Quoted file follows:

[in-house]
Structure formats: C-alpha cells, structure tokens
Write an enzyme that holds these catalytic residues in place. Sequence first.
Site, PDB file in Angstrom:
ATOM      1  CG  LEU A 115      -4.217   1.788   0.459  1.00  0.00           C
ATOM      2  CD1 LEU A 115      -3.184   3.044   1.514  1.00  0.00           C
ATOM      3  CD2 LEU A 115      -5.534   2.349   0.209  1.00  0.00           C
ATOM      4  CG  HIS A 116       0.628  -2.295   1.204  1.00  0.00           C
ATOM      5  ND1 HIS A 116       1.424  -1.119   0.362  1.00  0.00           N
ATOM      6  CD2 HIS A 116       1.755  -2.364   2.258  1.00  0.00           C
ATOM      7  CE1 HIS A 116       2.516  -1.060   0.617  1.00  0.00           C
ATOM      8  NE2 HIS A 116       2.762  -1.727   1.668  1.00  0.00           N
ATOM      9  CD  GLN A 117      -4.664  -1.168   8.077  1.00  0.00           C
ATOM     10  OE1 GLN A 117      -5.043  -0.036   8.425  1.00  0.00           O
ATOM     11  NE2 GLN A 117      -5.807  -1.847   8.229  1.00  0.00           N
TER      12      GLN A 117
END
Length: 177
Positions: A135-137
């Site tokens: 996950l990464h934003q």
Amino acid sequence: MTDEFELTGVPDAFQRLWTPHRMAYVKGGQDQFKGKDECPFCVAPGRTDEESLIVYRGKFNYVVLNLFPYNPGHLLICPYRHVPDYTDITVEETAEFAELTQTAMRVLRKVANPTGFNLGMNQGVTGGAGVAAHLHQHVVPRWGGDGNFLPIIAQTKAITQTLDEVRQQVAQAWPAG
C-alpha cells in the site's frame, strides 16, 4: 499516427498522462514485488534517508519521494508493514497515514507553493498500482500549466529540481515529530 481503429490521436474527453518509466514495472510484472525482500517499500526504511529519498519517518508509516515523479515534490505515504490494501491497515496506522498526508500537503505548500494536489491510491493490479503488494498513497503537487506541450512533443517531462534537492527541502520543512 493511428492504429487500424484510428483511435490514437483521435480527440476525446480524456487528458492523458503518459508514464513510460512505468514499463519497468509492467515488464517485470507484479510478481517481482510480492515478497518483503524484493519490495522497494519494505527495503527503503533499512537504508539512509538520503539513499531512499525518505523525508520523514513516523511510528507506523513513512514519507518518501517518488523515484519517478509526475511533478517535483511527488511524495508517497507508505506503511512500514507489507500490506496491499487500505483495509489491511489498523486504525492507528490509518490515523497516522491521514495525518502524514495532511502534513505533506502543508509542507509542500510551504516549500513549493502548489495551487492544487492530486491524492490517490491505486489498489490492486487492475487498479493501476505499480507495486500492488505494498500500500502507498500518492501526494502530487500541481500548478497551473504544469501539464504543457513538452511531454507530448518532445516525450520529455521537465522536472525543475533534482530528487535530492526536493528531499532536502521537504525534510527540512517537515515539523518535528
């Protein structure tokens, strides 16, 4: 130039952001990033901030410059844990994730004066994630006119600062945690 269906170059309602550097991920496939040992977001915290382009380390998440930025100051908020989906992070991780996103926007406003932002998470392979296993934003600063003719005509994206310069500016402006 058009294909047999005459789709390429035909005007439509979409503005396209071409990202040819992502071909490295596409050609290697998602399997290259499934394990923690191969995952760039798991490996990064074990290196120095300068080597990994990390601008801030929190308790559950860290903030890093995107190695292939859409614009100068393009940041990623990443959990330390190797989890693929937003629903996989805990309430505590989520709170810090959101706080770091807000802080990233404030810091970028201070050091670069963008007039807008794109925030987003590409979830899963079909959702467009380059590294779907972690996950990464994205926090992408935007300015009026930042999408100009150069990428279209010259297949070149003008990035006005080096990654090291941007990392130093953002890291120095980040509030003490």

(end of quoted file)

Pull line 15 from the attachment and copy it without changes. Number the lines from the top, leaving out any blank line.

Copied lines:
ATOM     11  NE2 GLN A 117      -5.807  -1.847   8.229  1.00  0.00           N